The 3D-mΔPDF is then simply obtained by Fourier transformation. Two planes of the 3D-mΔPDF for bixbyite are shown in Figs. 4(*b*) and (*c*). As there is no long-range periodic magnetic order, the peaks in the 3D-mΔPDF can be directly interpreted as the alignment preference between sites separated by the corresponding vector. A few of the features in the maps have been marked with numbers for which the corresponding vectors in the are shown in Fig. 4(*a*). The nearest-neighbor vector (marked 1), which is for both site pairs *M*1–*M*2 and *M*2–*M*2, has a negative peak in the 3D-mΔPDF, which identifies that nearest-neighbor metal sites tend to have antiferromagnetic alignment. The 3D-mΔPDF for the vectors for the next-nearest neighbor pairs (marked 2) is positive, showing a preference for alignment in the same direction. As both of the metal sites in the structure contain disordered mixtures of Fe and Mn, the local magnetic structure could be expected to be very complicated, depending on local distributions of Fe and Mn on the two sites. However, using the 3D-mΔPDF technique we observe that on average, the metal sites have an antiferromagnetic nearest-neighbor correlation. These correlations can then be followed to longer distances, showing alternating positive and negative peaks for higher order neighbors. Overall, the 3D-mΔPDF for bixbyite clearly shows the disordered low-temperature state to be dominated by an antiferromagnetic nearest-neighbor interaction. Peaks in the 3D-mΔPDF fall off rapidly and disappear after ∼15 Å, directly revealing the maximum distance of the magnetic correlations, which is not greater than two unit cells. The 3D-mΔPDF results are expectedly self-consistent with the field- and temperature-dependent magnetization measurements, but, moreover, directly show the 3D atomic pairwise correlations that exist in the frozen spin state, without making any assumptions about the system.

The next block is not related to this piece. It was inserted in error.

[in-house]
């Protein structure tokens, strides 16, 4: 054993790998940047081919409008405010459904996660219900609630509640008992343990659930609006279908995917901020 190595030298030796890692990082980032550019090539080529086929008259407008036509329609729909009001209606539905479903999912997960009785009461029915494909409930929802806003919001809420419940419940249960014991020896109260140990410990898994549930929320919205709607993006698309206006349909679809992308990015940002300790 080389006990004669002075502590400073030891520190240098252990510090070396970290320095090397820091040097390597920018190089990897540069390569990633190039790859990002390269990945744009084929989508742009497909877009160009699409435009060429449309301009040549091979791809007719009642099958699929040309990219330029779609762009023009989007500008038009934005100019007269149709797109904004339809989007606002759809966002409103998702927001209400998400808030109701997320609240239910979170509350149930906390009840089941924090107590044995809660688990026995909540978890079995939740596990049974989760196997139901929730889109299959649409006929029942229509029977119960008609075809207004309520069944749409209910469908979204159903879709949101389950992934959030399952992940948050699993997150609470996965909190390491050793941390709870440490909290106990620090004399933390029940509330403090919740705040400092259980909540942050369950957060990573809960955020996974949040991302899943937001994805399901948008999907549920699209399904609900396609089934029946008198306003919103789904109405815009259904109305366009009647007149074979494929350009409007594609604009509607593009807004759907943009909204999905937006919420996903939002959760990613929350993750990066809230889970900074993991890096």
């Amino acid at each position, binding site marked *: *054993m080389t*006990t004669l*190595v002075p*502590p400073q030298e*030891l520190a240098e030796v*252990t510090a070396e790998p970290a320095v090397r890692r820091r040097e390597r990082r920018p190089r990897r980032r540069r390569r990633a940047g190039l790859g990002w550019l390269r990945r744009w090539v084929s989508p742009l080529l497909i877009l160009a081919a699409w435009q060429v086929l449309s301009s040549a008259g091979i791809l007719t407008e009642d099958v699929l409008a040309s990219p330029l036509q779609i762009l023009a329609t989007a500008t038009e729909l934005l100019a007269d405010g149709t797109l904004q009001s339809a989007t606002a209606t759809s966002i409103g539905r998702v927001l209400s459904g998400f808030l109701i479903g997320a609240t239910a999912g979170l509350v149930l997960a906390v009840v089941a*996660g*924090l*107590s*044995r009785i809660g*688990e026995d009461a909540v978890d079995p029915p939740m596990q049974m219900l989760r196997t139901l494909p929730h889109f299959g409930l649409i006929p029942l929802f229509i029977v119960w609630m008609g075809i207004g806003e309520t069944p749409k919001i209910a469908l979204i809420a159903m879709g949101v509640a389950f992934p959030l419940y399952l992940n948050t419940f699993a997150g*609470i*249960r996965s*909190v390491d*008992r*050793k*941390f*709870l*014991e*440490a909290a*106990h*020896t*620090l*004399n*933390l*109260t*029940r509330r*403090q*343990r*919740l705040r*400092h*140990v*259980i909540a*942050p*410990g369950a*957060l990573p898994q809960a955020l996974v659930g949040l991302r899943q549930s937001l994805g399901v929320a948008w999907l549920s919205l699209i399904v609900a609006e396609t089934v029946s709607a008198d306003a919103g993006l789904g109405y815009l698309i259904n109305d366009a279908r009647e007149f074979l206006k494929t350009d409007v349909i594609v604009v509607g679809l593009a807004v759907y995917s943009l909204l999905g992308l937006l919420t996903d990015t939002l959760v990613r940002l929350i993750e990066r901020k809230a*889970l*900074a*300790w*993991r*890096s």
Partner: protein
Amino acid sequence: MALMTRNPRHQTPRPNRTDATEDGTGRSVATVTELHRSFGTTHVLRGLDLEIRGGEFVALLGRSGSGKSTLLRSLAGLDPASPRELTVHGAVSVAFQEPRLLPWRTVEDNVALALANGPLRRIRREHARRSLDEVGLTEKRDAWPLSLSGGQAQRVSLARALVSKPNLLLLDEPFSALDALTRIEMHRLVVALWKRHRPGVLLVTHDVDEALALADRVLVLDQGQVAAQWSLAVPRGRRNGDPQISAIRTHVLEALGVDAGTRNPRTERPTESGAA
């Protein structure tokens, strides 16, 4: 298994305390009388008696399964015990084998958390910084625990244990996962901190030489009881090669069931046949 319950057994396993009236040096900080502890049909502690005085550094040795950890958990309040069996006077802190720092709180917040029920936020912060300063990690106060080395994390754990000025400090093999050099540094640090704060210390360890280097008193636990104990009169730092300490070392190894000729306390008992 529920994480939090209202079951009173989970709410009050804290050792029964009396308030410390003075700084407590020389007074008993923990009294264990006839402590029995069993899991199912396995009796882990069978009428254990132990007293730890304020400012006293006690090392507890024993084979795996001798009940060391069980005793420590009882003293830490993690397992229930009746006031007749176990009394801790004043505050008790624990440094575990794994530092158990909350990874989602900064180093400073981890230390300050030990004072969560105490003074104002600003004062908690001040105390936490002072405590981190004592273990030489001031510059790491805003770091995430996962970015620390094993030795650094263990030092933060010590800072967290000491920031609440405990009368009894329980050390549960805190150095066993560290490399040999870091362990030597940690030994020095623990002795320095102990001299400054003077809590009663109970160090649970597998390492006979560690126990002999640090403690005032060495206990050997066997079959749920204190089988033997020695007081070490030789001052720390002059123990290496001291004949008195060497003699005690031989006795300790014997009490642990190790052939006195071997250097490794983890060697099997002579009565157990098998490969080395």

### 5. Discussion